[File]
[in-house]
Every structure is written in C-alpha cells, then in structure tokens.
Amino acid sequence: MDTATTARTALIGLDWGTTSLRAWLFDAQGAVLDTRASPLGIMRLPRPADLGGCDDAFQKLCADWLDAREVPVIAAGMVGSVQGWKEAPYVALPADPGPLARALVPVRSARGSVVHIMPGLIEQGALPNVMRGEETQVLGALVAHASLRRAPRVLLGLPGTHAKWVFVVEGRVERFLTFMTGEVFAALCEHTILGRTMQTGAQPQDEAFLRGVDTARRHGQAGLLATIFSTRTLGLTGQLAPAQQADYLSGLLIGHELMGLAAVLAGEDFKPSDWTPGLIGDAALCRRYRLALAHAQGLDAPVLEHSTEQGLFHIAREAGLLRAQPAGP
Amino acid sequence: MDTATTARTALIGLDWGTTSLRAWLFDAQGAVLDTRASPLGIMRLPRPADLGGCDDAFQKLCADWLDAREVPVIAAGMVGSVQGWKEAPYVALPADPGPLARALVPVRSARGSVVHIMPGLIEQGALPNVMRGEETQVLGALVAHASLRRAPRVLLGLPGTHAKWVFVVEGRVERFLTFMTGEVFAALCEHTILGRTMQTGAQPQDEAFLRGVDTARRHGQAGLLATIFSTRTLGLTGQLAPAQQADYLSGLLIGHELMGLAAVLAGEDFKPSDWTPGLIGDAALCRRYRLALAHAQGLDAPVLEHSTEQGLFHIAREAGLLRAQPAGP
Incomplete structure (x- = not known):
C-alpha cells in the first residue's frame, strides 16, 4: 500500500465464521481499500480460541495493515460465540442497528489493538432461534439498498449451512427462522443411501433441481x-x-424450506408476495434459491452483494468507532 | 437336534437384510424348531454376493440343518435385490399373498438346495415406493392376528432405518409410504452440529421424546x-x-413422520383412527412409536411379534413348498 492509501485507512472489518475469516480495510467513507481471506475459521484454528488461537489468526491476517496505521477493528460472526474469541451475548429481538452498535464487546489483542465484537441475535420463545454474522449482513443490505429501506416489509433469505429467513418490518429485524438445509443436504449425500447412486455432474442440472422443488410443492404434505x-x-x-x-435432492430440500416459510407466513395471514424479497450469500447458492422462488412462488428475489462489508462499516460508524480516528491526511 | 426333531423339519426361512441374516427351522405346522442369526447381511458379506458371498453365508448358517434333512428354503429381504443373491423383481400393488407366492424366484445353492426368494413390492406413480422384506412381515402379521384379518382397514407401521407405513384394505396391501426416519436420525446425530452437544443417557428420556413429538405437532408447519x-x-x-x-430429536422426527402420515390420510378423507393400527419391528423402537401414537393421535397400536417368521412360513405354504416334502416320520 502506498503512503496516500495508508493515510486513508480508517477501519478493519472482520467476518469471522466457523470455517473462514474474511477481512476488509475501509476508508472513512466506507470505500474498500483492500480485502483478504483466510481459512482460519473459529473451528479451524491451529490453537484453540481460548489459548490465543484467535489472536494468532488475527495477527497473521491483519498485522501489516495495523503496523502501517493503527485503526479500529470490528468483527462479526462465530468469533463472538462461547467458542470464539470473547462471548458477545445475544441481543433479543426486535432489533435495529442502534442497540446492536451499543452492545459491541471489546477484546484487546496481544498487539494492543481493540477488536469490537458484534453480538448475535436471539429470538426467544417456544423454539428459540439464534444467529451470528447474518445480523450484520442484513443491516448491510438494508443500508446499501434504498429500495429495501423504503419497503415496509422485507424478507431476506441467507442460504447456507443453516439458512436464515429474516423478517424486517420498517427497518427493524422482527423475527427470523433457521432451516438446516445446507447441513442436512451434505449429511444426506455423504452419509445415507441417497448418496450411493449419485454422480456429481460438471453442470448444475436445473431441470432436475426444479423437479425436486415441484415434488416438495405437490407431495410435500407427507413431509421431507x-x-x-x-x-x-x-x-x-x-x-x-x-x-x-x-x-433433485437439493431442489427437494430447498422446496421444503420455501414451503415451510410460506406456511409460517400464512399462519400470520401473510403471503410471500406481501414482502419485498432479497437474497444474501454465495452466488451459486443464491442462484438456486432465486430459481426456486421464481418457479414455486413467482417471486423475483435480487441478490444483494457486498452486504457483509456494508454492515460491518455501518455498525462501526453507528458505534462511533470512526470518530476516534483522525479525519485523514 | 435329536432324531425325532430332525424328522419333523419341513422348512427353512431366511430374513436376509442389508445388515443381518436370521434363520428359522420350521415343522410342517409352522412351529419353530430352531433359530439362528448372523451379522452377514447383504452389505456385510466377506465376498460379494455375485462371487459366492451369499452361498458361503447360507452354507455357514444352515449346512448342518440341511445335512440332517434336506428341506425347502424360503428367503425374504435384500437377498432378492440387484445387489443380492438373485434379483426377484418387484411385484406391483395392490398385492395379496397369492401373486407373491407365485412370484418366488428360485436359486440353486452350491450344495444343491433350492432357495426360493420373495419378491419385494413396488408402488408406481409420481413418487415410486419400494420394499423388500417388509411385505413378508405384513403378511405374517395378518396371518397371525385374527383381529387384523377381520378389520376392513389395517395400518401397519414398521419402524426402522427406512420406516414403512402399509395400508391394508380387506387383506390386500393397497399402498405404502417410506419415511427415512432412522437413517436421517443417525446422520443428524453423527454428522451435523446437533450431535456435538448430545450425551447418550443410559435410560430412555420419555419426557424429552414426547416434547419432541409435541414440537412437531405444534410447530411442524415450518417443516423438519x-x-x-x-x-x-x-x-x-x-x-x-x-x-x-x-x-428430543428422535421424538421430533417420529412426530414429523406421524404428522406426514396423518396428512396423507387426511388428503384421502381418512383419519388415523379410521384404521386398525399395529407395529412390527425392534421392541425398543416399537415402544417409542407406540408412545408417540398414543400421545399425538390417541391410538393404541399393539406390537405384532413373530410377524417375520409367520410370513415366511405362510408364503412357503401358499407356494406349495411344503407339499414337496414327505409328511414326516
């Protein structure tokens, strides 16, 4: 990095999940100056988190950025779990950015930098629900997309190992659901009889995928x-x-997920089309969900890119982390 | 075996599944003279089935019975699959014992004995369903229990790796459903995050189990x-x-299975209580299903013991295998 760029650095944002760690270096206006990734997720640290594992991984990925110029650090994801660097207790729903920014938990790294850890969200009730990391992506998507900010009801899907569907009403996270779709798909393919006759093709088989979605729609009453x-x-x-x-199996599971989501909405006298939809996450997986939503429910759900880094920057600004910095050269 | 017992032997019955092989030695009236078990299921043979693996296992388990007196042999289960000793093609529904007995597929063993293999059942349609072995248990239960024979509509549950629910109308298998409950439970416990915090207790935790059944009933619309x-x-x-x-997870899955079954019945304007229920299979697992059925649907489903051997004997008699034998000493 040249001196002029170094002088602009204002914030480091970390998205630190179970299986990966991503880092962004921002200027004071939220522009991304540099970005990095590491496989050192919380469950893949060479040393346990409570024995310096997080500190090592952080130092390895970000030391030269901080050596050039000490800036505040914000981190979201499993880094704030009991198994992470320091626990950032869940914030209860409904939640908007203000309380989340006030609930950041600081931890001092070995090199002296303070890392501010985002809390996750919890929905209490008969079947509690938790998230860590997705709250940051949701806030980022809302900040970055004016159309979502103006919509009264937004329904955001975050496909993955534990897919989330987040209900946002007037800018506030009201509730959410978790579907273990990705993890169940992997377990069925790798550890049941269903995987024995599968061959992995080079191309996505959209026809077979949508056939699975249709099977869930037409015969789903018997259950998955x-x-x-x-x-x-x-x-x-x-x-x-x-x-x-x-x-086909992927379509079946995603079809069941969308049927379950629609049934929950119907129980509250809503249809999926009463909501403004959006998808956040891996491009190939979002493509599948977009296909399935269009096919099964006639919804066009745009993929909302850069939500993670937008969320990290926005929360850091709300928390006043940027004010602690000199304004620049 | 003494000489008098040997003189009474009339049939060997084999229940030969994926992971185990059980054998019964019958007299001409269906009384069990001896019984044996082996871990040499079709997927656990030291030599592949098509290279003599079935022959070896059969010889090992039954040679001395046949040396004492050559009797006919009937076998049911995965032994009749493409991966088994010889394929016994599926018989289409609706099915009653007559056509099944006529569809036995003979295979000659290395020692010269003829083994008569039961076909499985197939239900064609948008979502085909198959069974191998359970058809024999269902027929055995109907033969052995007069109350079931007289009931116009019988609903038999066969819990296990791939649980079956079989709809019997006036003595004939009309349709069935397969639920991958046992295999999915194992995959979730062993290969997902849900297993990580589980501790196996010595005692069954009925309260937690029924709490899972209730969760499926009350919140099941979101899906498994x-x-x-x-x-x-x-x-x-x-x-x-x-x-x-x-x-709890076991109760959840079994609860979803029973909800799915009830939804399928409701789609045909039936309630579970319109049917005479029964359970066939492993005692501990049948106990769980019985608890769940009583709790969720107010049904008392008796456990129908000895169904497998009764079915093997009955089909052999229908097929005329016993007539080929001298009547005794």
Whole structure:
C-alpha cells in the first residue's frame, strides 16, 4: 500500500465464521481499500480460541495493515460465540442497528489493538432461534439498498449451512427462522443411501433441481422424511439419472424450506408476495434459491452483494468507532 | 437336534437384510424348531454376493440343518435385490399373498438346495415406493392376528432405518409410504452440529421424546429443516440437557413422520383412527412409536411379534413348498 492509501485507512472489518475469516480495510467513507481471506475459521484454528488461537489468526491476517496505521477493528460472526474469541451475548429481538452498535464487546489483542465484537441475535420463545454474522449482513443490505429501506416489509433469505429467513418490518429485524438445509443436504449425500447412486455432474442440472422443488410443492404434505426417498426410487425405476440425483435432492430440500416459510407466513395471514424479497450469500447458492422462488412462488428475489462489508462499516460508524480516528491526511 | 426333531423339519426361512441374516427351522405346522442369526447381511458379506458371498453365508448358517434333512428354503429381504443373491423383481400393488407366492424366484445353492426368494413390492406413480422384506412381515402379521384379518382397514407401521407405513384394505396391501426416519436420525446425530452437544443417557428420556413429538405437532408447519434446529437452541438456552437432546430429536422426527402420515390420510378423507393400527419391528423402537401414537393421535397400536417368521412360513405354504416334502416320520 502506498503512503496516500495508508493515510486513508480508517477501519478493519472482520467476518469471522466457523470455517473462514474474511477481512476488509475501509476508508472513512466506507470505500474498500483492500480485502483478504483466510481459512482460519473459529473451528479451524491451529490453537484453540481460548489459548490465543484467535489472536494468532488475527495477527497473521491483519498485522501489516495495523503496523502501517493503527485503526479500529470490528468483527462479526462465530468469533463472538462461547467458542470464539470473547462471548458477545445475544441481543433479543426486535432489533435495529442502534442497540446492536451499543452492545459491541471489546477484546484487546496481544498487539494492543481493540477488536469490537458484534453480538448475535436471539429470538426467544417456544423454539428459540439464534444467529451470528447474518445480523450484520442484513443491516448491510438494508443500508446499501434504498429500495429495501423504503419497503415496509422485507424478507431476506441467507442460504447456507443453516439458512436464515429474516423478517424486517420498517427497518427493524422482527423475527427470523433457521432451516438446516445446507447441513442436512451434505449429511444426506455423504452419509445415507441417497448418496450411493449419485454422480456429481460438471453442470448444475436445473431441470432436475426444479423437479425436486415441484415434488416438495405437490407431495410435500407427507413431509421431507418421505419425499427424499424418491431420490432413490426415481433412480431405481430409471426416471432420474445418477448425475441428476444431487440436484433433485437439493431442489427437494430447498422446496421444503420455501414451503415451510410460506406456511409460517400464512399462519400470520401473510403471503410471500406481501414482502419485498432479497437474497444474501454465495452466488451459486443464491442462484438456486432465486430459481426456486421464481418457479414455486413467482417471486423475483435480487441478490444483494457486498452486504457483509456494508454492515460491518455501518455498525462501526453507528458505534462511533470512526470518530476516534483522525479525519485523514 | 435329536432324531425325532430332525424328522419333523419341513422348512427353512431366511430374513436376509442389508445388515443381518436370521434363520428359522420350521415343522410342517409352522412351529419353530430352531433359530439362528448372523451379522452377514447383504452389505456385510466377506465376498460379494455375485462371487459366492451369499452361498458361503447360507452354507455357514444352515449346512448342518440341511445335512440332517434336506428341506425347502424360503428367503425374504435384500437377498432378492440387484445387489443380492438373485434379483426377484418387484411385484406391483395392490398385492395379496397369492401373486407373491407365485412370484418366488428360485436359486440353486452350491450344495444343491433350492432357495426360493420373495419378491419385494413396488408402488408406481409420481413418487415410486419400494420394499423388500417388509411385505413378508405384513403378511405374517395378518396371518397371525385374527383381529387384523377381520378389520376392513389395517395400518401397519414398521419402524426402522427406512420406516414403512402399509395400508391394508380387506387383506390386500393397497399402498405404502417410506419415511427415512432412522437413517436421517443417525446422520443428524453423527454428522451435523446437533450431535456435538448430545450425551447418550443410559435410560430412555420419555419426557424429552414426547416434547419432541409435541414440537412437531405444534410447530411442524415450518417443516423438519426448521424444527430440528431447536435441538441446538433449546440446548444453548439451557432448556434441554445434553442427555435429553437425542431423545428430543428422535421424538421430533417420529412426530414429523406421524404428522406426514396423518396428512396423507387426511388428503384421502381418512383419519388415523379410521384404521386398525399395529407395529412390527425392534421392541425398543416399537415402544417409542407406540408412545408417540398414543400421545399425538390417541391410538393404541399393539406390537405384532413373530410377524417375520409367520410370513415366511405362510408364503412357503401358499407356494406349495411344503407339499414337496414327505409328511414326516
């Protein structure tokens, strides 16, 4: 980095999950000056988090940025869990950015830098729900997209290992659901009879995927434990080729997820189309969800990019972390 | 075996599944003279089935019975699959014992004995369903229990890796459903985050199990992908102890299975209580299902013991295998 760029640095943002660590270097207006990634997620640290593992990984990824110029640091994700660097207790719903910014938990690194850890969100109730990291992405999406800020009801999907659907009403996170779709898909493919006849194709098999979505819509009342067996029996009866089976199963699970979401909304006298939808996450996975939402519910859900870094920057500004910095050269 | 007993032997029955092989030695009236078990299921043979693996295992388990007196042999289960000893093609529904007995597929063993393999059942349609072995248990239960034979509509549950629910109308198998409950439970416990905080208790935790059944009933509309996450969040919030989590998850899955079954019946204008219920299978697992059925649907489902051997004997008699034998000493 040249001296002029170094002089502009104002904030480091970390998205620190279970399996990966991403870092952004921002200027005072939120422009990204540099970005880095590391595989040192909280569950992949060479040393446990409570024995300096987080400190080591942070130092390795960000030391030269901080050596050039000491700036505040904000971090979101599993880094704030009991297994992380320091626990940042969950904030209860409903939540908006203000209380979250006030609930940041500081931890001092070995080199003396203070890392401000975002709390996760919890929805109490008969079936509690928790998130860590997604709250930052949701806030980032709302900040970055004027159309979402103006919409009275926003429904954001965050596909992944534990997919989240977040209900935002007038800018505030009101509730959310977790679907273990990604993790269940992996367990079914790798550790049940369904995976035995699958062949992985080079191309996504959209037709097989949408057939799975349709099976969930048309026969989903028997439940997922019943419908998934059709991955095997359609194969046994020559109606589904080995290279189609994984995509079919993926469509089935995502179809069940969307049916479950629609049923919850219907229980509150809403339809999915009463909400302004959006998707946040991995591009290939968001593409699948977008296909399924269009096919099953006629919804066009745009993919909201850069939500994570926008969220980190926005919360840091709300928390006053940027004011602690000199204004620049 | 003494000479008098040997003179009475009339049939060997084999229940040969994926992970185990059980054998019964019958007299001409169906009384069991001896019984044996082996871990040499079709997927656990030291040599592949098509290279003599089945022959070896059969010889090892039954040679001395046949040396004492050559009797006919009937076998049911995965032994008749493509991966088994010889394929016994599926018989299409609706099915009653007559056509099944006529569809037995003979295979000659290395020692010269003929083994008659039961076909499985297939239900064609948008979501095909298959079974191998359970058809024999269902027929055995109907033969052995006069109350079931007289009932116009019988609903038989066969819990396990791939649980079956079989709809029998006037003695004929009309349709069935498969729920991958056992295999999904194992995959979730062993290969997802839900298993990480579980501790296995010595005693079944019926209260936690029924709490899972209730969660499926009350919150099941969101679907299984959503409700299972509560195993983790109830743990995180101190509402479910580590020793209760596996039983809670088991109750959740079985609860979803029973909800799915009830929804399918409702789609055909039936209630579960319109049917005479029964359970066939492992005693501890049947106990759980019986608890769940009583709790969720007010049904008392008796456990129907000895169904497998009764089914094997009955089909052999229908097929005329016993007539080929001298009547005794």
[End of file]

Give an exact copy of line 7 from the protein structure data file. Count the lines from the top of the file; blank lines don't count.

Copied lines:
């Protein structure tokens, strides 16, 4: 990095999940100056988190950025779990950015930098629900997309190992659901009889995928x-x-997920089309969900890119982390 | 075996599944003279089935019975699959014992004995369903229990790796459903995050189990x-x-299975209580299903013991295998 760029650095944002760690270096206006990734997720640290594992991984990925110029650090994801660097207790729903920014938990790294850890969200009730990391992506998507900010009801899907569907009403996270779709798909393919006759093709088989979605729609009453x-x-x-x-199996599971989501909405006298939809996450997986939503429910759900880094920057600004910095050269 | 017992032997019955092989030695009236078990299921043979693996296992388990007196042999289960000793093609529904007995597929063993293999059942349609072995248990239960024979509509549950629910109308298998409950439970416990915090207790935790059944009933619309x-x-x-x-997870899955079954019945304007229920299979697992059925649907489903051997004997008699034998000493 040249001196002029170094002088602009204002914030480091970390998205630190179970299986990966991503880092962004921002200027004071939220522009991304540099970005990095590491496989050192919380469950893949060479040393346990409570024995310096997080500190090592952080130092390895970000030391030269901080050596050039000490800036505040914000981190979201499993880094704030009991198994992470320091626990950032869940914030209860409904939640908007203000309380989340006030609930950041600081931890001092070995090199002296303070890392501010985002809390996750919890929905209490008969079947509690938790998230860590997705709250940051949701806030980022809302900040970055004016159309979502103006919509009264937004329904955001975050496909993955534990897919989330987040209900946002007037800018506030009201509730959410978790579907273990990705993890169940992997377990069925790798550890049941269903995987024995599968061959992995080079191309996505959209026809077979949508056939699975249709099977869930037409015969789903018997259950998955x-x-x-x-x-x-x-x-x-x-x-x-x-x-x-x-x-086909992927379509079946995603079809069941969308049927379950629609049934929950119907129980509250809503249809999926009463909501403004959006998808956040891996491009190939979002493509599948977009296909399935269009096919099964006639919804066009745009993929909302850069939500993670937008969320990290926005929360850091709300928390006043940027004010602690000199304004620049 | 003494000489008098040997003189009474009339049939060997084999229940030969994926992971185990059980054998019964019958007299001409269906009384069990001896019984044996082996871990040499079709997927656990030291030599592949098509290279003599079935022959070896059969010889090992039954040679001395046949040396004492050559009797006919009937076998049911995965032994009749493409991966088994010889394929016994599926018989289409609706099915009653007559056509099944006529569809036995003979295979000659290395020692010269003829083994008569039961076909499985197939239900064609948008979502085909198959069974191998359970058809024999269902027929055995109907033969052995007069109350079931007289009931116009019988609903038999066969819990296990791939649980079956079989709809019997006036003595004939009309349709069935397969639920991958046992295999999915194992995959979730062993290969997902849900297993990580589980501790196996010595005692069954009925309260937690029924709490899972209730969760499926009350919140099941979101899906498994x-x-x-x-x-x-x-x-x-x-x-x-x-x-x-x-x-709890076991109760959840079994609860979803029973909800799915009830939804399928409701789609045909039936309630579970319109049917005479029964359970066939492993005692501990049948106990769980019985608890769940009583709790969720107010049904008392008796456990129908000895169904497998009764079915093997009955089909052999229908097929005329016993007539080929001298009547005794």